Concertina wire could be installed on the border fence to the east and west of downtown Nogales, much to the chagrin of the city council.
The wire, made of razor-sharp blades attached to coiled metal strands, was installed on the fence separating San Diego and Tijuana five years ago and the Border Patrol is considering a similar action in Nogales.
However, the plan is already meeting local opposition, with the Nogales City Council preparing a formal statement of protest.
The issue was brought up at Wednesday’s regular council meeting by Nogales Mayor Arturo Garino in response to a conversation he had with Leslie Lawson, patrol agent in charge of Border Patrol’s Nogales Station, who let him know about the proposed plan to install razor wire on the fence near Short Street on the east side of Nogales and near Hereford Drive on the west side.
The Border Patrol’s Tucson Sector “is considering a proposed deployment of concertina wire in the Nogales area,” spokesman Brent Cagen wrote in an email response to questions from the NI. The proposal is still under review, he wrote, adding “specifics concerning this proposal are unavailable at this time.”
During his meeting with Lawson, Garino said, she told him that rather than place the wire on top of the fence, the wire would be installed about 10 feet above the ground on the U.S. side of the fence.
Lawson told Garino that the wire would act as a deterrent to prevent people from jumping the fence, he said.
“There’s been a lot of injuries – broken ankles, hips, and different injuries – from people trying to jump,” he said, noting that the Border Patrol’s concern about injuries was “understandable.”
However, Garino said, he has “concerns” about the dangers of installing razor wire on the fence.
“If somebody at night was to jump the fence, not knowing that on the other side of the fence, 10-feet high, waiting for him is the razor wire. I don’t know what conditions we would find that person there,” he said. “Is it better for that person to break an ankle or is it better for that person to be tangled in that wire?”
Garino found support for his concerns among the other council members.
“It kind of gives me an image of Hitler coming back,” said Councilman John Doyle. “I think that it’s a little too strong. If somebody gets tangled up there, their eyes go or their legs get cut.”
Councilman Cesar Parada proposed that the council pass a resolution in opposition to the plan, which it could send to members of Congress. City Manager Shane Dille proposed a news conference to protest the plan.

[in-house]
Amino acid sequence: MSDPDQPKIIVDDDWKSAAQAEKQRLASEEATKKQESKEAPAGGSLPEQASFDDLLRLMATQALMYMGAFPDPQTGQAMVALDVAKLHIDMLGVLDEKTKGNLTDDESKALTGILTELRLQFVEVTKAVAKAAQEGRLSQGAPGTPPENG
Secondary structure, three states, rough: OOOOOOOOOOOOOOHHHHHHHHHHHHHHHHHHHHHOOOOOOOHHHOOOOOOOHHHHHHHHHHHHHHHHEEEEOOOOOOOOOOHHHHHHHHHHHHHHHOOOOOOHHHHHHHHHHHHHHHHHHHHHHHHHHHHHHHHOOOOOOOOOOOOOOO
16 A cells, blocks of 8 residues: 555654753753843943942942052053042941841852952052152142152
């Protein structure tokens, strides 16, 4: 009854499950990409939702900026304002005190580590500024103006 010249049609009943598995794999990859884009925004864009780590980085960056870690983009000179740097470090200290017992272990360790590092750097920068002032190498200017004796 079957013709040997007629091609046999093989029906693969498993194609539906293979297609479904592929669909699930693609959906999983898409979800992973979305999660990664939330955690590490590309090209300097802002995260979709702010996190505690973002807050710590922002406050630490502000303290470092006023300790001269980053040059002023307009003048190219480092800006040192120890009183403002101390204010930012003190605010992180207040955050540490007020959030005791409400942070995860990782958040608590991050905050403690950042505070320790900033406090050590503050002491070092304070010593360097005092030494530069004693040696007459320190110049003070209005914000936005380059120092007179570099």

After the discussion, Garino directed staff to draw up a resolution along the lines suggested by Parada.
On the razor’s edge
In 2010, then-Rep. Gabrielle Giffords requested funding from the House Subcommittee on Homeland Security for a border barrier in Nogales that would “incorporate double-wall fencing, concertina wire... and vehicle ditches.”
That request was pulled back after the NI called attention to the plan, and when the new fence was constructed in 2011, it was a single-layer, bollard-style fence without concertina wire.
However, razor wire was installed on the border fence that separates San Diego and Tijuana five years ago, according to a May 17, 2008 report in the Los Angeles. Times. In late April, news outlets reported that the San Diego Fire Department had to extricate a man who found himself entangled in the wire while trying to illegally cross the border.
The cost to the Nogales Fire Department for extricating illegal border-crossers entangled in the wire was a point of concern for the council on Wednesday.
Parada asked staff whether the city could hold the Border Patrol responsible for “picking up the tab” on healthcare costs for people caught in the wire.
City Attorney Jose Machado said that department heads could instruct their personnel to take care of the injured person without taking the person into custody, which would make the city responsible for the costs. He noted that the federal government is responsible for injuries sustained within 60 feet of the U.S.-Mexico border.